Digital Growth to Spearhead Europe’s Return to Growth and Competitiveness

London: At today’s Summit, Europe’s leaders put the digital economy firmly at the top of their agenda and pointed to its central importance in driving growth, innovation and competitiveness.

“We welcome European leaders’ focus on the digital economy as a key driver for growth, jobs and productivity in Europe. Investment in new telecommunications infrastructure, such as 4G, is vital to underpinning this and a supportive policy and regulatory environment must remain a top priority,” said Anne Bouverot, Director General, GSMA. “The European Council has sent a strong signal on the need to promote this investment and to accelerate and complete legislative initiatives in key areas such as data protection, e-identification, payments and reducing obstacles to broadband roll-out. Together these can provide a welcome impetus to creating the right policy environment for backing digital growth, one that encourages investment, enables innovation and fosters consumer confidence.”

The European Council also addressed the Commission’s recent “Connected Continent” package. The GSMA urges all parties to start work as quickly as possible on more comprehensive proposals that can effectively address the underlying reasons for Europe’s lagging investment in communications infrastructure.

“Long-term predictability in spectrum policy and more flexibility for spectrum rights holders is particularly important to underpin future investments. Europe has a genuine opportunity to restore its leadership in telecoms,” continued Bouverot. “Without a strong and confident industry, consumers will not be well served. We must not lose sight of this. The European Council has identified other key policy areas that are central to growth such as research, innovation and skills development. We absolutely share these priorities.”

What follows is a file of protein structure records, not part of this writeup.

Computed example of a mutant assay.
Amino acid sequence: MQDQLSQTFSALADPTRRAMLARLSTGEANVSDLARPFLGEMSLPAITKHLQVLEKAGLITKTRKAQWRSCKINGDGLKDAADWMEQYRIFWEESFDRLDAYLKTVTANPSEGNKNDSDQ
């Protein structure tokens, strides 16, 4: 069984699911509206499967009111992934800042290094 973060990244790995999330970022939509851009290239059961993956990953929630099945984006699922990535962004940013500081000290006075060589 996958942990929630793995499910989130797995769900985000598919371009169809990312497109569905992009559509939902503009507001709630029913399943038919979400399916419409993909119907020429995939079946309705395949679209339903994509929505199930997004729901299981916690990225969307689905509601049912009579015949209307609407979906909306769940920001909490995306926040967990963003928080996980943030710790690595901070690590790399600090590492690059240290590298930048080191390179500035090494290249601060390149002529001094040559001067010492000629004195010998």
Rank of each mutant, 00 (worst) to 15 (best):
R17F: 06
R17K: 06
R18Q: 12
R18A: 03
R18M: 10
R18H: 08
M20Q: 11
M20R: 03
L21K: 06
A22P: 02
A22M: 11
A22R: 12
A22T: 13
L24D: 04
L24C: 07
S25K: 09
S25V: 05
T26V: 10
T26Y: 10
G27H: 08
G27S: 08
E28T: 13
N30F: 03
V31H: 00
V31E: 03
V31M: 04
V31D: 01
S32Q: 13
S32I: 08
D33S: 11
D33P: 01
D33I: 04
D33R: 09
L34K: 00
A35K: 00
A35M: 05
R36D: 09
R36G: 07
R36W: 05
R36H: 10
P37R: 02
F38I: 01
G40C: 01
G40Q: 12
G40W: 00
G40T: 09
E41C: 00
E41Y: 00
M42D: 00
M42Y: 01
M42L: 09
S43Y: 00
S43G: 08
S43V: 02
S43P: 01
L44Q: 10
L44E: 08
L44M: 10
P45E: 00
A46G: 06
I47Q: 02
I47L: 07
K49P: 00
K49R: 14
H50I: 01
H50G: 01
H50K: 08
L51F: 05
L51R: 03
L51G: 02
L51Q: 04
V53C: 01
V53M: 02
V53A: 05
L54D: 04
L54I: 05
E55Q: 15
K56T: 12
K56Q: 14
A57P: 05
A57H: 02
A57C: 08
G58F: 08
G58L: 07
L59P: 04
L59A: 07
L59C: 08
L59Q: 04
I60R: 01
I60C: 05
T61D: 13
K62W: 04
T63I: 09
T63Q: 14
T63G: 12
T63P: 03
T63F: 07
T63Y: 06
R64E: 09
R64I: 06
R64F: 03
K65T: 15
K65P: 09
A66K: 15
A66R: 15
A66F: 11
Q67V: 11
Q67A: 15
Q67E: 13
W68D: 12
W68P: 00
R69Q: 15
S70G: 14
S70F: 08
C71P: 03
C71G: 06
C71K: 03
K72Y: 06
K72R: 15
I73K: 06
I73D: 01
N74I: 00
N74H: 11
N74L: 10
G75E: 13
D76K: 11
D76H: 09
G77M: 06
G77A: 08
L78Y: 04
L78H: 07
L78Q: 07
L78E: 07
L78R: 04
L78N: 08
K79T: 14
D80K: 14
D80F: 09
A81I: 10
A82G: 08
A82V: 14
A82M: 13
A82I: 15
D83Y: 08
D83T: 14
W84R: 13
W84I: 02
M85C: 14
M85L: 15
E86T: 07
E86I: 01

With mobile now firmly entrenched in consumers’ everyday lives, industry and policymakers must continue to proactively address areas such as privacy concerns. Some existing regulations have been outdated by market and technological developments, and create competitive disadvantages for European businesses in key areas such as consumer protection, network security and data protection. Leaders rightly identified the general data protection regulation as a key priority.

“ We believe it is possible to achieve a framework that is both future-proof and flexible enough to allow the development of new services in Europe, while maintaining Europe’s high standards in the protection of personal data and privacy. To achieve this, we need to ensure a technology neutral approach to ensure privacy is addressed, irrespective of the technology or service involved, or where a company may be located,” concluded Bouverot.


About the GSMA
The GSMA represents the interests of mobile operators worldwide. Spanning more than 220 countries and territories, the GSMA unites nearly 800 of the world’s mobile operators with 250 companies in the broader mobile ecosystem , including handset and device makers, software companies, equipment providers and Internet companies, as well as organisations in industry sectors such as financial services, healthcare, media, transport and utilities. The GSMA also produces industry-leading events such as Mobile World Congress and Mobile Asia Expo.

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